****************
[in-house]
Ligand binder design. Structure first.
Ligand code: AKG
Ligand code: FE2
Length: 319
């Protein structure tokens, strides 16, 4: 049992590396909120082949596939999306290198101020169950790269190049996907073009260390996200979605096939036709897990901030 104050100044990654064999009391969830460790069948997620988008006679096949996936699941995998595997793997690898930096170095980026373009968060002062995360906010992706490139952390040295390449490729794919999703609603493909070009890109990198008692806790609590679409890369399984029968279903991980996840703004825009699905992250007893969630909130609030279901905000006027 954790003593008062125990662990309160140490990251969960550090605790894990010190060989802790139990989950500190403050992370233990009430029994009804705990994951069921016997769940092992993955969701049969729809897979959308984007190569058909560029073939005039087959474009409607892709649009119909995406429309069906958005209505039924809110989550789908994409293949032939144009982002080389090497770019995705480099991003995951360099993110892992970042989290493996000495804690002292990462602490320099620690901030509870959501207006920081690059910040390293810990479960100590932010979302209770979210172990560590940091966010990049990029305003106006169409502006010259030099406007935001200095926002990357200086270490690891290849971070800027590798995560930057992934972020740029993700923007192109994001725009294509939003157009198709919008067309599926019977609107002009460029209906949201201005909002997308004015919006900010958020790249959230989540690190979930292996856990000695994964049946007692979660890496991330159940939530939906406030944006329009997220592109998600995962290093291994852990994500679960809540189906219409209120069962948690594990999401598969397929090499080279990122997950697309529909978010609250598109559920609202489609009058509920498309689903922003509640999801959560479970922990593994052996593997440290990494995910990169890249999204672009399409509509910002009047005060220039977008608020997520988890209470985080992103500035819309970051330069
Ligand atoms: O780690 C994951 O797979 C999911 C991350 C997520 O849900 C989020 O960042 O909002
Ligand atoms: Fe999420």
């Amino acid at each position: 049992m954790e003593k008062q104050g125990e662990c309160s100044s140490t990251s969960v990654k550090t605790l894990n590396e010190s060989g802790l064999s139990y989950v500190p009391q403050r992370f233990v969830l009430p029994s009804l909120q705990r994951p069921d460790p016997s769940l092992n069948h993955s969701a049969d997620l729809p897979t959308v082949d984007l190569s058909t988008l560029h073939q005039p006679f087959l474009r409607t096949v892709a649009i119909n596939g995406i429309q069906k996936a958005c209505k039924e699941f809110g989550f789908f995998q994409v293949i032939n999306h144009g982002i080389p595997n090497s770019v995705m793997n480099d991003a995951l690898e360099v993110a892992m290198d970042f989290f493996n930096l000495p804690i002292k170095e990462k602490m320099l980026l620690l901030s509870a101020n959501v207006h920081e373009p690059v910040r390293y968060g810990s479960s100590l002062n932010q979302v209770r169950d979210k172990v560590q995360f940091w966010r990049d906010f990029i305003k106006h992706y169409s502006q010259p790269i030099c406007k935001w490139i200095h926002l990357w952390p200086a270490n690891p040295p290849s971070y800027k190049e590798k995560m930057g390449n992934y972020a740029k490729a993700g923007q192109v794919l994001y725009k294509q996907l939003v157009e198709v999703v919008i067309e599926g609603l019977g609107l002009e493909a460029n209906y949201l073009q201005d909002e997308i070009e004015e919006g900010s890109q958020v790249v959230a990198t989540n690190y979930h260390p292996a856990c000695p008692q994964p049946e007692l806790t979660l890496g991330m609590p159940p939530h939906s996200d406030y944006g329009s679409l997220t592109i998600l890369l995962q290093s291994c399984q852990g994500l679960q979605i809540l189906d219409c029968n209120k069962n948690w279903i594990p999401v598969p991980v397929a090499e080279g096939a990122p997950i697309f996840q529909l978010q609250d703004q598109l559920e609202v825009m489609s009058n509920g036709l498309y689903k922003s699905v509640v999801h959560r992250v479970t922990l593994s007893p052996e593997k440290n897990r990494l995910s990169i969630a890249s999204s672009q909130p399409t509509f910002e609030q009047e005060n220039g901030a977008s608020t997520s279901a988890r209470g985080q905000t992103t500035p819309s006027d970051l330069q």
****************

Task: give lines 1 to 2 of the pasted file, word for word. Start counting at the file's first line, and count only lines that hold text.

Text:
[in-house]
Ligand binder design. Structure first.